Don't mess with our Becks!

That was the message sent by outraged football journalists to Fabio Capello after his clumsy dismissal of David Beckham as "too old" to play for England. Becks is nationally treasured, a schoolboy hero to fully grown men, a lionheart (according to the Telegraph). You do not, if you know anything about Englishmen and their idols, casually disparage a lionheart.

Think of the term literally: the heart of a lion - it suggests primal roaring and king-of-the-jungle courage. Then think of Becks.

I don't know about you, but I think of a nice man with a high voice who used to wear sarongs and is married to a bony woman who has forgotten how to smile in public. He was a wonderful footballer, when he wasn't kicking players and being sent off in World Cups. But lionheart? I don't know, it doesn't seem right.

The term came from Richard I - the original lionheart, or Coeur de Lion, as he was known. In 1189, Richard became king of England - he commanded an army as a teenager, squashed rebellions and led crusades. The nickname was bestowed on the battlefield, where he became a celebrated fighter, a leader of men. There's a statue of him outside the Houses of Parliament. As though bronzed in action, Richard is mid-fight - sword aloft and his muscled horse pawing the ground. He's been dead for almost a millennium, but he still radiates testosterone.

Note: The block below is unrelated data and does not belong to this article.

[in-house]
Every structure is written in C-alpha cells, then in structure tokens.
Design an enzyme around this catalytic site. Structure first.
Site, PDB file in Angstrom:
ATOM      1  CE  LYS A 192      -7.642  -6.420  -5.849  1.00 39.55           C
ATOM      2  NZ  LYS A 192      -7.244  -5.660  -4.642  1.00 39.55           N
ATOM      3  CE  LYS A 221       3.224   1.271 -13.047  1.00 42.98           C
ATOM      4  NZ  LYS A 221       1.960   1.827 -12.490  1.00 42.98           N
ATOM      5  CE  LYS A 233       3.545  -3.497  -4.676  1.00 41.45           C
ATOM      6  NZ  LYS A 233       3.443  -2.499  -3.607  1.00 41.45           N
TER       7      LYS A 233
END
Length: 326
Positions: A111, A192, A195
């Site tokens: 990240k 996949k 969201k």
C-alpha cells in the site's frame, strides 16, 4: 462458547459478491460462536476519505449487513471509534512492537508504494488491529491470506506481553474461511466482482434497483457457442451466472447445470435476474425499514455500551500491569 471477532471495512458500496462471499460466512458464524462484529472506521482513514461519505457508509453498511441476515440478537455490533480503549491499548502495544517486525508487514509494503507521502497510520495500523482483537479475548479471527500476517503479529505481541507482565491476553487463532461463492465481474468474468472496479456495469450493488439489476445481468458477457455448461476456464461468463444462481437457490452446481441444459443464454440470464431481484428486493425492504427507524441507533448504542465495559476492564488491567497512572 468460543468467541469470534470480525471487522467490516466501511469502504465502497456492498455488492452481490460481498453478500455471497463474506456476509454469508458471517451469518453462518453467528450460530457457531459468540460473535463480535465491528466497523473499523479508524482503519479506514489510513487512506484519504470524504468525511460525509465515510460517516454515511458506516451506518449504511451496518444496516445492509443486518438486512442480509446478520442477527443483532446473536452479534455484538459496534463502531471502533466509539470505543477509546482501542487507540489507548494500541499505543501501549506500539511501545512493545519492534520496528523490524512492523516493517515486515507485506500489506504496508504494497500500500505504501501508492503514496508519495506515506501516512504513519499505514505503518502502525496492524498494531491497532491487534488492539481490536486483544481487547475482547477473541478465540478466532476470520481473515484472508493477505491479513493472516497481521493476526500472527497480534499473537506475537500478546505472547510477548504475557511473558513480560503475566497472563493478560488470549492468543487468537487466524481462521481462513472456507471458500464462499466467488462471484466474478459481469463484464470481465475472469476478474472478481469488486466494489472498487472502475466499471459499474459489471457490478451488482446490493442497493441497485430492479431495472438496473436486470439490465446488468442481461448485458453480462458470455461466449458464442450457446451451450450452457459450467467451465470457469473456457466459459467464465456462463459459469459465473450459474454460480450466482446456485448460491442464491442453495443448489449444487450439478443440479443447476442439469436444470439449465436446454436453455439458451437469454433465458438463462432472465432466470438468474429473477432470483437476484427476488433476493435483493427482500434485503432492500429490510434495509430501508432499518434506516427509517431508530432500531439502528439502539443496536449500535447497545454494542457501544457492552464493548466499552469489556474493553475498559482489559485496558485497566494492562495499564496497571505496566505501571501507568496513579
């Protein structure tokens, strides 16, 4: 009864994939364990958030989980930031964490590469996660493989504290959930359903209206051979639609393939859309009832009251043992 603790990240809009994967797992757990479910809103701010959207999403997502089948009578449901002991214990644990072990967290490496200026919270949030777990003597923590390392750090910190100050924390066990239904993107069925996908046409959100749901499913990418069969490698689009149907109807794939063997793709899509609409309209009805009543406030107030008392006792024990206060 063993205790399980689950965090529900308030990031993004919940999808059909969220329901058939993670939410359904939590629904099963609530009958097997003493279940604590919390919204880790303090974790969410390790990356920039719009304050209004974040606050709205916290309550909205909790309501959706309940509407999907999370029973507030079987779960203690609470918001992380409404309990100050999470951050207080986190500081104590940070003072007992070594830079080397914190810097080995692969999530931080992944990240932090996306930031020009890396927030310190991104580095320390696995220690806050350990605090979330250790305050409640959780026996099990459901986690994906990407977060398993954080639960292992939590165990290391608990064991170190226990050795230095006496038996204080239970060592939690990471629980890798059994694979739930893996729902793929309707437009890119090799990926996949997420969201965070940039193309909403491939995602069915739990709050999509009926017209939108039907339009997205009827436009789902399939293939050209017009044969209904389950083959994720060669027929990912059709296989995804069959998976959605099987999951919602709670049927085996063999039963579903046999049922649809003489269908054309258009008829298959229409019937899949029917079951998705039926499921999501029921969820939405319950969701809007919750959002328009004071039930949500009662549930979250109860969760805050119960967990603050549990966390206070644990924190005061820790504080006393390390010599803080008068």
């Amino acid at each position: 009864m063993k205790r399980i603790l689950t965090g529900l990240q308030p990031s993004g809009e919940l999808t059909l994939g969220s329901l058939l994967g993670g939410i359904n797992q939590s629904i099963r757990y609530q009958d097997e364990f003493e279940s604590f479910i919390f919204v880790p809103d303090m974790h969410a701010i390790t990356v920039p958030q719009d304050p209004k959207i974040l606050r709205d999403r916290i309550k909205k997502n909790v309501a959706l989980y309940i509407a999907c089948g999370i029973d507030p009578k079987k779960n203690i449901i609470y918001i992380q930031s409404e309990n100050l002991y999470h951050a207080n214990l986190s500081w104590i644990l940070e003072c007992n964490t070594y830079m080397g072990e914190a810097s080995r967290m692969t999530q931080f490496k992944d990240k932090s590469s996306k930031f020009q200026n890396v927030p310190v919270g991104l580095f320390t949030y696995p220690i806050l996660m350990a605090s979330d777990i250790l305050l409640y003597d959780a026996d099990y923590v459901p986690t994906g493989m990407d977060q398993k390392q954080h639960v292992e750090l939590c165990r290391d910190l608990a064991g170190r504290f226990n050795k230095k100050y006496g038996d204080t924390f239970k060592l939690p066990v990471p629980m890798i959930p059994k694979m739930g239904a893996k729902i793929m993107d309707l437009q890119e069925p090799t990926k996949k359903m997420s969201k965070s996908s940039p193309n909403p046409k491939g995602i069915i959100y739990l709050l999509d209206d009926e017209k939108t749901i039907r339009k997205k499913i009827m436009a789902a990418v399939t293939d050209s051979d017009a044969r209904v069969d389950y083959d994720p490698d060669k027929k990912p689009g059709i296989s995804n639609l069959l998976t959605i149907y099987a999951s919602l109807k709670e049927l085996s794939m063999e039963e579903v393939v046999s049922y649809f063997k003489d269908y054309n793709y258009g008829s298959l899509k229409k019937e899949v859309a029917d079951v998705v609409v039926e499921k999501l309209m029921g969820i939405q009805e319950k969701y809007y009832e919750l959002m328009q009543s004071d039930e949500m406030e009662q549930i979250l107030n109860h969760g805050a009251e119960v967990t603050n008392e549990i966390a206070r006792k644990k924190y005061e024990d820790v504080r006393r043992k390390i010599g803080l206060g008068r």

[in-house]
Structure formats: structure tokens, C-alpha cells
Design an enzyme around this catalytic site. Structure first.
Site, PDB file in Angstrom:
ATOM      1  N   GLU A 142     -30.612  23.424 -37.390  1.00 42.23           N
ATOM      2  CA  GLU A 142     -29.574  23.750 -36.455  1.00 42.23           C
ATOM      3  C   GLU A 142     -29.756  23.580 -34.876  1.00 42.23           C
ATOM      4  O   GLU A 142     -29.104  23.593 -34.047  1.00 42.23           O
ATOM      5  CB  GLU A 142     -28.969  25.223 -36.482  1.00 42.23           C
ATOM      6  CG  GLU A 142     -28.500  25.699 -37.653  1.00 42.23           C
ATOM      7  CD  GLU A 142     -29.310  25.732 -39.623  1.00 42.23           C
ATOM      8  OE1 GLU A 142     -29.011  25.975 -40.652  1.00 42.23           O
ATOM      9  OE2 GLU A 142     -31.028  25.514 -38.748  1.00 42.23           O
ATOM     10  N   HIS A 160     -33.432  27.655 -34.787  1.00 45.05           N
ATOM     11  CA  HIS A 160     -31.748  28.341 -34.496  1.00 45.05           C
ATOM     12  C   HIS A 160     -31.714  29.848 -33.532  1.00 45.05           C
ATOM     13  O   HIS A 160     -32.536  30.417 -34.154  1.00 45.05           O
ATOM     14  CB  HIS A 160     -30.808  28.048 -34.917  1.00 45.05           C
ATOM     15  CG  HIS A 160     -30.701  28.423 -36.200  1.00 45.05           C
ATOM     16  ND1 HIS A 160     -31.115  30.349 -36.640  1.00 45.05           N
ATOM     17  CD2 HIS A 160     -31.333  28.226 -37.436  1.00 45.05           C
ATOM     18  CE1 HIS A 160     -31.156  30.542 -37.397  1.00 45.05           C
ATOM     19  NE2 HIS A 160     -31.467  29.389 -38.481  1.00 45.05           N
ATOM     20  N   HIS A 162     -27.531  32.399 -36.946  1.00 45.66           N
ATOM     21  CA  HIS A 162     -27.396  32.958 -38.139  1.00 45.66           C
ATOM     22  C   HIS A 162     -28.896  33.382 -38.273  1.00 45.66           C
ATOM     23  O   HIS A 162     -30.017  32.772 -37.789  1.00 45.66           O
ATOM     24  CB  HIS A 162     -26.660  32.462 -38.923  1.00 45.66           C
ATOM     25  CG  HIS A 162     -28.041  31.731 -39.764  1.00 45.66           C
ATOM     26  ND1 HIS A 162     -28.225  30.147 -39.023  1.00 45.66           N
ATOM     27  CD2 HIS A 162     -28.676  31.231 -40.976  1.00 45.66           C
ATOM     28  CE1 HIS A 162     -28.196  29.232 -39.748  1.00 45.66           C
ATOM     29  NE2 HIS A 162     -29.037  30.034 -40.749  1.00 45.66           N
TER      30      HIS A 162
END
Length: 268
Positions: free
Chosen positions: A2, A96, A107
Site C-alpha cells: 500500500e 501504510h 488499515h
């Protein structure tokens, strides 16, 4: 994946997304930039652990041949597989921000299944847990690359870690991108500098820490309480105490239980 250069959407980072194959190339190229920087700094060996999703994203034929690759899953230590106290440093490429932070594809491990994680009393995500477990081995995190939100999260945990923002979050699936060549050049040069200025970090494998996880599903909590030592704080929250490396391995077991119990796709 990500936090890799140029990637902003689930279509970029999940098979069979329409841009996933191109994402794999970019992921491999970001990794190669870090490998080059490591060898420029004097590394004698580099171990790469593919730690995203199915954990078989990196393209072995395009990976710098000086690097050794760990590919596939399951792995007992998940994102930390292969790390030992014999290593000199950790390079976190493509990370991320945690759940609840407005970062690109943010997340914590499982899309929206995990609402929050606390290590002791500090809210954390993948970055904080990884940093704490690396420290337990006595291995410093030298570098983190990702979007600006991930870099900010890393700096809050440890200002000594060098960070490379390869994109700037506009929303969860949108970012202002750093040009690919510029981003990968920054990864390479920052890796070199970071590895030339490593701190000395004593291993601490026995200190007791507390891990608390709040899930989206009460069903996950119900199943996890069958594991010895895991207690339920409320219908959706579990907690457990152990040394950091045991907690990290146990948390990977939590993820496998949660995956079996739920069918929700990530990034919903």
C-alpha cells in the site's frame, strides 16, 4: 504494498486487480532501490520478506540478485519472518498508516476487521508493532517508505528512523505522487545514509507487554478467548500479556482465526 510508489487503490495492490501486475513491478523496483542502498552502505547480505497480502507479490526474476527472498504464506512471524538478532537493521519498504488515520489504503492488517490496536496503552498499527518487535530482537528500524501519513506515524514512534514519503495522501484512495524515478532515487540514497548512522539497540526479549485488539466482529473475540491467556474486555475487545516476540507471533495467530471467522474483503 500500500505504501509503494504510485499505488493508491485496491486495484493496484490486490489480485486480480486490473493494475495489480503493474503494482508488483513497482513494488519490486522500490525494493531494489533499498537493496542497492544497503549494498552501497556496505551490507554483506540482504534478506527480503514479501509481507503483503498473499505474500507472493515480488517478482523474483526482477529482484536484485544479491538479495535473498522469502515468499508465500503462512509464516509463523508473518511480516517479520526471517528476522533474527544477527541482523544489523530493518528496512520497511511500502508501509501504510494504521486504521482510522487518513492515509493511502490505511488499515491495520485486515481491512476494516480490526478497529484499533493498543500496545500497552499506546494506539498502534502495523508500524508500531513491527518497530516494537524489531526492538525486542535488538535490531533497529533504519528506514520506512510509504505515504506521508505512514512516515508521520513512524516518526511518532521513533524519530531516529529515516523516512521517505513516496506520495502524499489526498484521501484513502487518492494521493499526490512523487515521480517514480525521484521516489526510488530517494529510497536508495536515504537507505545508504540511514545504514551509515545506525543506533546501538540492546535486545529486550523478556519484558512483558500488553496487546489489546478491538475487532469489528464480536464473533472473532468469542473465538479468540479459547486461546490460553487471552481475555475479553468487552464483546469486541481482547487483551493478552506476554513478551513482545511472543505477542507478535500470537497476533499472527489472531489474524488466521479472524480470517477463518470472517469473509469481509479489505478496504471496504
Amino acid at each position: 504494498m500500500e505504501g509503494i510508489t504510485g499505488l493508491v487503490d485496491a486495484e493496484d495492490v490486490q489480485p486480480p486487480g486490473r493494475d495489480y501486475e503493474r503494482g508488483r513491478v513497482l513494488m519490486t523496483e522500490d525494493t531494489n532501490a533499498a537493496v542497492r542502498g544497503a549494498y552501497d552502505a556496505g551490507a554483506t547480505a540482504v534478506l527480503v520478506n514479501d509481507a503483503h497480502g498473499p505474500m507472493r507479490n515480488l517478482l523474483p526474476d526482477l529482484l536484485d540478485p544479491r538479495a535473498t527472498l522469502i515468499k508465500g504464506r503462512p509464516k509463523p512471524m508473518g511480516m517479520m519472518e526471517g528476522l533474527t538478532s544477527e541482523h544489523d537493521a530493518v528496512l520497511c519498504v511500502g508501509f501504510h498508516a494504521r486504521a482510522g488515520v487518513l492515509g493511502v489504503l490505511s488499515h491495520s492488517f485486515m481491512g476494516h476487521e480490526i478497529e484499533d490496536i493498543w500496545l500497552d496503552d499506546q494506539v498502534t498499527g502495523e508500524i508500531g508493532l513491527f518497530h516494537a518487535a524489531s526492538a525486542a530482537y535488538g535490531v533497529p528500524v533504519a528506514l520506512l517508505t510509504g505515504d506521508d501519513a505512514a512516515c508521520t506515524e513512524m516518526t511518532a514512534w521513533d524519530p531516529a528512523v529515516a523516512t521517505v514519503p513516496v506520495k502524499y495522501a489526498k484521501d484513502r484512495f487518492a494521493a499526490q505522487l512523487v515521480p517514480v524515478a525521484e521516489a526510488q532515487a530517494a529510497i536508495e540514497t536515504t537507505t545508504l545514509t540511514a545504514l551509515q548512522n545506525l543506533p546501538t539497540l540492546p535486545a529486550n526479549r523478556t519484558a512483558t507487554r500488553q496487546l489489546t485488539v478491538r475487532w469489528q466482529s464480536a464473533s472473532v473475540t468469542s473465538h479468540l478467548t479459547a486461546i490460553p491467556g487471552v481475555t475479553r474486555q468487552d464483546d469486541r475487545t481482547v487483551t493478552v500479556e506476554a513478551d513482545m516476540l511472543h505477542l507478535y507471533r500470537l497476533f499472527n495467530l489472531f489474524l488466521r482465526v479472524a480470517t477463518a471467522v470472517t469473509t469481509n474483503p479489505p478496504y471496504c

Becks, on the other hand, radiates a strange kind of gentleness, and a phenomenal attention to sartorial detail. We want our footballers to be heroes, but their brand of heroism (hissy fits, love of labels and tattoos) feels a bit different from medieval military monarchs. In Becks's case, not necessarily in a bad way: he seems keener on good works and fronting World Cup bids than grand acts of aggression.

Nevertheless, lionheart he is and will now always be, however much we mocked him and his fancy ways in his heyday. History's been rewritten, haircuts forgotten, and Becks is lodged in the national consciousness as a warrior. A warrior with a lovely waistcoat.

Sophie Elmhirst is features editor of the New Statesman

This article first appeared in the 23 August 2010 issue of the New Statesman, Pakistan